1. Mutual Funds: For a two-year horizon, it’s advisable to stick to debt funds

Mutual Funds: For a two-year horizon, it’s advisable to stick to debt funds

SIPs, besides encouraging regular and systematic investments into mutual funds, also provide the benefit of rupee-cost averaging.

By: | Published: September 1, 2015 12:03 AM

As markets have become very volatile, should I reduce my quantum of SIP for one year?
—  Prabhat Shah

SIPs, besides encouraging regular and systematic investments into mutual funds, also provide the benefit of rupee-cost averaging. Hence, an SIP of a fixed amount would purchase more units when markets (and, therefore, the fund NAV) are at lower levels vis-à-vis when they are at higher levels. Over a long period of time, this should help reduce the average cost per unit purchased, assuming markets don’t remain at the same level. Provided that your investment objective and horizon haven’t changed, reducing the quantum of SIP is not needed.

Is is better to invest in a diversified large-cap equity fund or stick to some sectoral themes like infra or banking for a two-year horizon?
— Ankur Singh

Investments in equity are typically recommended for a horizon of at least 3-5 years. This is due to the volatile nature of equities, particularly over shorter time frames. For instance, the probability of generating negative returns over a one-year holding is around 32% based on an analysis of the performance of equity markets since 1995. Over a three-year period, this probability reduces to 17% and further to 13% for a five-year period. For a two-year horizon, it would be advisable to stick to debt funds, unless one has specific view on the equity market or a particular sector.

Should I invest in gold ETFs to diversify my portfolio?
— Aditya Kumar

Historically, gold has acted as a good hedge against inflation and financial market volatility. For example, from early 2008 to 2011 when equity markets witnessed significant volatility, gold generated an annualised return of 26.8% (three- year period). But, unlike equity and debt, which typically pay out either interest or dividends, gold isn’t an income generating asset.

Further, a long term analysis of the performance of various asset classes indicates that gold underperforms equity.

Over a 25-year period starting 1990, equities have generated an annualised return of 15% vs 10% for gold. Overall, gold acts as a good portfolio diversifier, but due to its performance and income-related characteristics outlined above, allocation may be limited to 5-10% of one’s portfolio.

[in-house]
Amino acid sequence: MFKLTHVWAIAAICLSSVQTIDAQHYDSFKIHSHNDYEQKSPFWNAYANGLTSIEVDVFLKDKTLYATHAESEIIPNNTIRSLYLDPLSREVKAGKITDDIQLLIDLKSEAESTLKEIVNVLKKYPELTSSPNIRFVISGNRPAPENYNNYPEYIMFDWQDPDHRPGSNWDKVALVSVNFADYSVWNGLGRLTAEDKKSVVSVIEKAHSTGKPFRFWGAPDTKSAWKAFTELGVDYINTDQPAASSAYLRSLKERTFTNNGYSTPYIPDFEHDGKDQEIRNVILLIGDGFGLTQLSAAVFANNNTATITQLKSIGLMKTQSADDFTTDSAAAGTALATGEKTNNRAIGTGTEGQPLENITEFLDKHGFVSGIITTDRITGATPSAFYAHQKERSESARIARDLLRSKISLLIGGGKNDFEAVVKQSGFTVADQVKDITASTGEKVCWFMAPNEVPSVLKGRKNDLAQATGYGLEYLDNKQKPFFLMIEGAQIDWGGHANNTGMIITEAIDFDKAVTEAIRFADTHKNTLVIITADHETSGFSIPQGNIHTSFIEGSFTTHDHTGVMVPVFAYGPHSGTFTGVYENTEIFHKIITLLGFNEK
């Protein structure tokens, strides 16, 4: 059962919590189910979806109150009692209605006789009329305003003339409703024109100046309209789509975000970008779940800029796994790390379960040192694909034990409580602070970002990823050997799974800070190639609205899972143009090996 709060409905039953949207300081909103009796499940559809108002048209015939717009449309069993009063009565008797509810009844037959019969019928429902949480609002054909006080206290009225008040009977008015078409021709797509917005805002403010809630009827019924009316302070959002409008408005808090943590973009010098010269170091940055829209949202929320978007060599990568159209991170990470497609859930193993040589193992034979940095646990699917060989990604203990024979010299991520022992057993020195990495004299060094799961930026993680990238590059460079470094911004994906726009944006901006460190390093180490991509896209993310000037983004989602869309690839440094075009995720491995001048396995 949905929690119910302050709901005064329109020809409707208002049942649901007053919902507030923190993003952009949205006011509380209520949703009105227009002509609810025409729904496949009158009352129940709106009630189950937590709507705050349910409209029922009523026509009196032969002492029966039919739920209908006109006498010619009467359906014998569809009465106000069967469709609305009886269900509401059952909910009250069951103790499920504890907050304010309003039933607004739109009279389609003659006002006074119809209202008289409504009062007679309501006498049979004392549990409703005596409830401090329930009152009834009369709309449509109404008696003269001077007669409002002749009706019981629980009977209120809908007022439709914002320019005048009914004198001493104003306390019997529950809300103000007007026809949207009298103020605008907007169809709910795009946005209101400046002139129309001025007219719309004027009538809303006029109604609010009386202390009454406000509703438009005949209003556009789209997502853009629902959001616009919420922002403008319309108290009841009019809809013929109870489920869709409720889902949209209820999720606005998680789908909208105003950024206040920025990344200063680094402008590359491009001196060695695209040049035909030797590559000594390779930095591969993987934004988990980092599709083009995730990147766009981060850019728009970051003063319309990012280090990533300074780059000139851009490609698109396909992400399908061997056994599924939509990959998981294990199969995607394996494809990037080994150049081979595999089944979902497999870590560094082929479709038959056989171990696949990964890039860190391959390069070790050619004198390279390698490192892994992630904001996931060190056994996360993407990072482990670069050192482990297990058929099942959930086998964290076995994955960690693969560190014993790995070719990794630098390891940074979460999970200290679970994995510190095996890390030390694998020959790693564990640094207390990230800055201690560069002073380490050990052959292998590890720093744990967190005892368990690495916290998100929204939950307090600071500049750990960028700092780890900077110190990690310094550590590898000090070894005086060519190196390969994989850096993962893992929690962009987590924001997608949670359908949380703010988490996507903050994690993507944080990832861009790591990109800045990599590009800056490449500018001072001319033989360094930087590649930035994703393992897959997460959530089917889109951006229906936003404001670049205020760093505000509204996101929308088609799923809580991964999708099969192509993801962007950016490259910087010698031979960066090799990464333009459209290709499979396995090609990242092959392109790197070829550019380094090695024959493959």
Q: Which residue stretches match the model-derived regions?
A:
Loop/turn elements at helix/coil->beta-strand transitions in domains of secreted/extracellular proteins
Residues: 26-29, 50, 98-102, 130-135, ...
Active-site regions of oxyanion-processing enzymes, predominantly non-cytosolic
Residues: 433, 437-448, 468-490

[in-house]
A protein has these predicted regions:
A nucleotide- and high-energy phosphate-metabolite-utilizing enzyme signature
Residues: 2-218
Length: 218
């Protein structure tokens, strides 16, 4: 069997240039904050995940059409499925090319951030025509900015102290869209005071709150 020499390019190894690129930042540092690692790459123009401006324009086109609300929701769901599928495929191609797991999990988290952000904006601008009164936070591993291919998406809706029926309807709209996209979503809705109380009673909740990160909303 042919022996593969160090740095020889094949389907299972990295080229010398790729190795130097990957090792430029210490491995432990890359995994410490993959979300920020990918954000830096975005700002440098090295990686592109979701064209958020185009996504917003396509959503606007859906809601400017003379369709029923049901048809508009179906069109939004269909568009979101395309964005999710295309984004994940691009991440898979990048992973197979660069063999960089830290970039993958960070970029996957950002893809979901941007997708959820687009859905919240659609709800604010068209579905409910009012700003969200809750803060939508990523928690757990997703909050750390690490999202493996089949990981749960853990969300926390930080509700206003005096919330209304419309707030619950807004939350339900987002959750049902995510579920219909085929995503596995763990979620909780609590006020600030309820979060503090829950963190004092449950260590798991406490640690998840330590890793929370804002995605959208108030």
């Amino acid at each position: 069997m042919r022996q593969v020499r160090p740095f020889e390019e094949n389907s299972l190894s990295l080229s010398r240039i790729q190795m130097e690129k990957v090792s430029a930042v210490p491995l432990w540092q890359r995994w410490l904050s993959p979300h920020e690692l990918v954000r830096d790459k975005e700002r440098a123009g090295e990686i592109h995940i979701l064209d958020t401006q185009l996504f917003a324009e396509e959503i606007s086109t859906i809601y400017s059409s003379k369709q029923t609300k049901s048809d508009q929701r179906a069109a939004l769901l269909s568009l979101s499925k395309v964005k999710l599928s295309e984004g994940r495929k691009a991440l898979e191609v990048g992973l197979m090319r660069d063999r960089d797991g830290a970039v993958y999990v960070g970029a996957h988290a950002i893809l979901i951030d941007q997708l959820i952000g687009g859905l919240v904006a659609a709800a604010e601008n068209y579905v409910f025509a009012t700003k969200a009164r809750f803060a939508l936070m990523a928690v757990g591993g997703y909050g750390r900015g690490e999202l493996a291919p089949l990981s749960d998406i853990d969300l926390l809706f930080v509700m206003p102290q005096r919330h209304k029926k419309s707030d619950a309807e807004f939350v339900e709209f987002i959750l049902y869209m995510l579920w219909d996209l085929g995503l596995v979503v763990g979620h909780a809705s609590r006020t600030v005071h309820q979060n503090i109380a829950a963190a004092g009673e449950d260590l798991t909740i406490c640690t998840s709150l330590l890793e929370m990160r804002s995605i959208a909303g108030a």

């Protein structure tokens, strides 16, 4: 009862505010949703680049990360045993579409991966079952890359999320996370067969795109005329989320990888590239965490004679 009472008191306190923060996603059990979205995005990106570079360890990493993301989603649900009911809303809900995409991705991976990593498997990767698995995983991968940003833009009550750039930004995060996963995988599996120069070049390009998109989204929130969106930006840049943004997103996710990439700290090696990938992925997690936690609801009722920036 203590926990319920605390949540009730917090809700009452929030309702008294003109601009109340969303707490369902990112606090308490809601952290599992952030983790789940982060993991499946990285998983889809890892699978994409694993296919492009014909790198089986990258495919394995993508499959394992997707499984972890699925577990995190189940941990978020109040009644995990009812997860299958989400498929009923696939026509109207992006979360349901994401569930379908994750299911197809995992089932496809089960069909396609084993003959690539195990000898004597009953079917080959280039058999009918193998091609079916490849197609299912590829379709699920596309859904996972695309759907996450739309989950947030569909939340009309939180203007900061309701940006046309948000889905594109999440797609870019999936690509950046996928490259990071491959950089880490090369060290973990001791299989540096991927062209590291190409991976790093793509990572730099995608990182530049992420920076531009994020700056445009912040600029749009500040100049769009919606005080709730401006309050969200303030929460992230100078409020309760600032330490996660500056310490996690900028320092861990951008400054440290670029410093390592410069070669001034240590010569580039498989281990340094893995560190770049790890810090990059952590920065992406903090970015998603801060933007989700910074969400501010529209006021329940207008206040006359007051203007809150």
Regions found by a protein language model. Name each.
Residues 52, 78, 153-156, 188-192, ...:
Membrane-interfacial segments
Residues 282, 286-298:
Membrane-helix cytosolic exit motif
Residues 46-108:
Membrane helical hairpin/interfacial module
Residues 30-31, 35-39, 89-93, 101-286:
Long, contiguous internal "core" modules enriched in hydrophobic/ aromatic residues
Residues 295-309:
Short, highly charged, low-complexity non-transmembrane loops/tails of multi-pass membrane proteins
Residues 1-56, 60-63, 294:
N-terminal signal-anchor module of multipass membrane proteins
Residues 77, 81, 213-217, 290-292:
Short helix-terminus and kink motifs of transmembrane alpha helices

Can you suggest funds for monthly or quarterly income over a period of five years?
— Rajesh Gupta

Most mutual funds schemes, including those in equity, debt and hybrid categories, offer dividend options through which regular payouts can be made to investors. But since the performance of mutual funds is linked to market performance, either debt or equity, the payouts or dividends may vary from time to time. In case a fixed payout is desired, one can opt for a Systematic Withdrawal Plan (SWP). Herein, one can determine the frequency and desired amount of withdrawal and the AMC would redeem the required number of units on the pre-determined date to meet the withdrawal.

The value of the underlying corpus would continue to be market determined and the SWP would continue till the end of the desired period or exhaustion of corpus, whichever is earlier.

What kind of pension funds should I opt for and how much pension can I expect after retirement 30 years from now?
— Parag Shankar
There are a few pension or retirement funds available on the mutual fund platform. Some of these funds also provide tax benefits under Section 80C of the I-T Act with a deduction of up  to R1.5 lakh per annum available on the amount invested in such funds.

These funds invest in a mix of equity and debt instruments in varying proportions ranging from 30% to 100% in equity and the remainder in debt, during the accumulation or pre-retirement phase and typically up to 40% in equity during the post-retirement or withdrawal phase.  Some funds also offer separate fund options for the pre-retirement and post-retirement phases with varying levels of equity investment. Post-retirement, one can withdraw from the scheme using a SWP, either at a monthly, quarterly, semi-annual or annual frequency. The SWP amount can be fixed at the time of retirement and would continue till the investment corpus is exhausted. Since the corpus is invested in market-linked instruments including equity and debt, it could fluctuate based on the market value of the underlying holdings.

The writer is director, Investment Advisory, Morningstar Investment Adviser (India)

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Tags: Mutual Funds
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